Author(s): Judith Thurman
"A "New York Times "Notable Book of 2007
Cleopatra's Nose "is an exuberant gathering of essays and profiles, representing twenty years of Judith Thurman's writing, particularly her fascination with human vanity, femininity, and "women's work"--a term that, in her definition, encompasses haute couture, literature, and ruling empires. The subjects are varied--Cleopatra, Jackie Kennedy, Anne Frank; tofu, performance art, pornography--but as a whole these essays hint at the central preoccupations of a uniquely inquisitive mind.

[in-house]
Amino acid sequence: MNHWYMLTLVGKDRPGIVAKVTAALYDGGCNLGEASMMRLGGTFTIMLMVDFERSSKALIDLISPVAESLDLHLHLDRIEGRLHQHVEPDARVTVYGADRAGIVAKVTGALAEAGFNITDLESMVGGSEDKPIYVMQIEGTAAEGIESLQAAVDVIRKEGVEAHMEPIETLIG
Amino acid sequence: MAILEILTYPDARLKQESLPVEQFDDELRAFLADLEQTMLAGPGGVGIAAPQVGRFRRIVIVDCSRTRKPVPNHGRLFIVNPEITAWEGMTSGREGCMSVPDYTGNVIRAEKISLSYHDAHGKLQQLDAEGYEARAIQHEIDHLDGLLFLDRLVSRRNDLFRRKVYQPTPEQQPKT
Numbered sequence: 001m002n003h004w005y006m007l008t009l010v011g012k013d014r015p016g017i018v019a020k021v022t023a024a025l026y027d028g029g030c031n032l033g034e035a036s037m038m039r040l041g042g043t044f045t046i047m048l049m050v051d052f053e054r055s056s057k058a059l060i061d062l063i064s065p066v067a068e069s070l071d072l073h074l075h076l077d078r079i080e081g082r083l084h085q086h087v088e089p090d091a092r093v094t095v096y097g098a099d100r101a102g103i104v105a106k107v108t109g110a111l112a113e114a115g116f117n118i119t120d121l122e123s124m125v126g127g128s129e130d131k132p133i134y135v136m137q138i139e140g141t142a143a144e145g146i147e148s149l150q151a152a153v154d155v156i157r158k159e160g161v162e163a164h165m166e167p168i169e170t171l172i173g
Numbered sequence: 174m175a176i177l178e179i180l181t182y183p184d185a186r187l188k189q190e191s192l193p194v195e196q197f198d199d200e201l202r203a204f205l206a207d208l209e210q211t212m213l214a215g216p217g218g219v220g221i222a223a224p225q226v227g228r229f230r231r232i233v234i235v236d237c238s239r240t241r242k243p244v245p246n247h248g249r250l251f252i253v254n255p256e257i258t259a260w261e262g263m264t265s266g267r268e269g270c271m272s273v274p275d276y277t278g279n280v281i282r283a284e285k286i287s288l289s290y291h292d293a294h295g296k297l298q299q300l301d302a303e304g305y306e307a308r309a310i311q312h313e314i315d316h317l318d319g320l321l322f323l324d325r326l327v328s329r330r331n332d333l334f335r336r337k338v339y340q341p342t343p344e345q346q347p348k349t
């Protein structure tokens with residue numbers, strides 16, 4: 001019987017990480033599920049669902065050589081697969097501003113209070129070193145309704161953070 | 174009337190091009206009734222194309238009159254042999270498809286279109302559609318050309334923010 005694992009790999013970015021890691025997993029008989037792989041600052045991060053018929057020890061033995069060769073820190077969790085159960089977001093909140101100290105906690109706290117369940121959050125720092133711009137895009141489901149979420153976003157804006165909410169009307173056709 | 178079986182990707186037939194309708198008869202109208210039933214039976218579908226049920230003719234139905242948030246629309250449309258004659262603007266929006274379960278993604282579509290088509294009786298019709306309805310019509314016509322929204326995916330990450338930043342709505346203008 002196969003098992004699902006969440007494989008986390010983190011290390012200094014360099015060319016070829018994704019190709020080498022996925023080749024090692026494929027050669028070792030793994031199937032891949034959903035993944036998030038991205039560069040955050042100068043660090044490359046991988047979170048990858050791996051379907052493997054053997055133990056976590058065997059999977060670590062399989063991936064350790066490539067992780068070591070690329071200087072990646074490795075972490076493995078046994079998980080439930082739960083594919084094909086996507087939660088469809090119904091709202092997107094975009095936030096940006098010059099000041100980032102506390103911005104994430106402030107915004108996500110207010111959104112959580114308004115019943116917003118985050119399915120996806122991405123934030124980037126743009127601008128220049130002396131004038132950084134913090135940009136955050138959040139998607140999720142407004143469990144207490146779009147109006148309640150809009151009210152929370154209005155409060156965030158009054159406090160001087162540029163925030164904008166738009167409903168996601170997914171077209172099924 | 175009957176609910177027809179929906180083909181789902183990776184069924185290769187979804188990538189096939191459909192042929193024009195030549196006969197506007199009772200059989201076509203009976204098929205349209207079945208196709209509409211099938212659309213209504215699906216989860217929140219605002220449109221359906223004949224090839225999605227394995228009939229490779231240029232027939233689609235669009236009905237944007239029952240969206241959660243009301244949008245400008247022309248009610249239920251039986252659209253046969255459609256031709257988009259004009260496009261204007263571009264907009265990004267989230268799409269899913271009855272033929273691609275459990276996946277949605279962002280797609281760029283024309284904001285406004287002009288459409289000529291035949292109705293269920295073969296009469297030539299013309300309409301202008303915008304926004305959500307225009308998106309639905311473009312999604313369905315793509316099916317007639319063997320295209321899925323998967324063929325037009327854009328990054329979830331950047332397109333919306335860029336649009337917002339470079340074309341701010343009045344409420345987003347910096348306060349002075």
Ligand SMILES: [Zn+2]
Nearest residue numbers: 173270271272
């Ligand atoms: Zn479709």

Review Quotes: "Blessed with intellectual curiosity, a sharp wit and unwillingness to receive opinions, Thurman seems unlikely to produce anything less than a feat of style. . . . An excellent book."--"The New York Times Book Review" "Elegant yet casual, knowledgeable without being intimidating, self-revealing but never self-indulgent . . . Open the cover and drop in anywhere. You'll find Thurman's crisp intelligence always at home."--"The Boston Globe" "Thurman's essays are so deeply felt and arc so elegantly from the uniqueness of each individual to the greater conundrums of humankind, they are, indeed, exquisite works of art deserving a book's more lasting embrace."--"Booklist ""When paired with her ability as a biographre to peel layers and put a life into context, Thurman's grasp of global politics, history, and language can be astounding. . . . But what fun we have when the self-professed shoe addict writes about clothes and the people who worship them."--"Austin Ametican Statesman" First published 2007.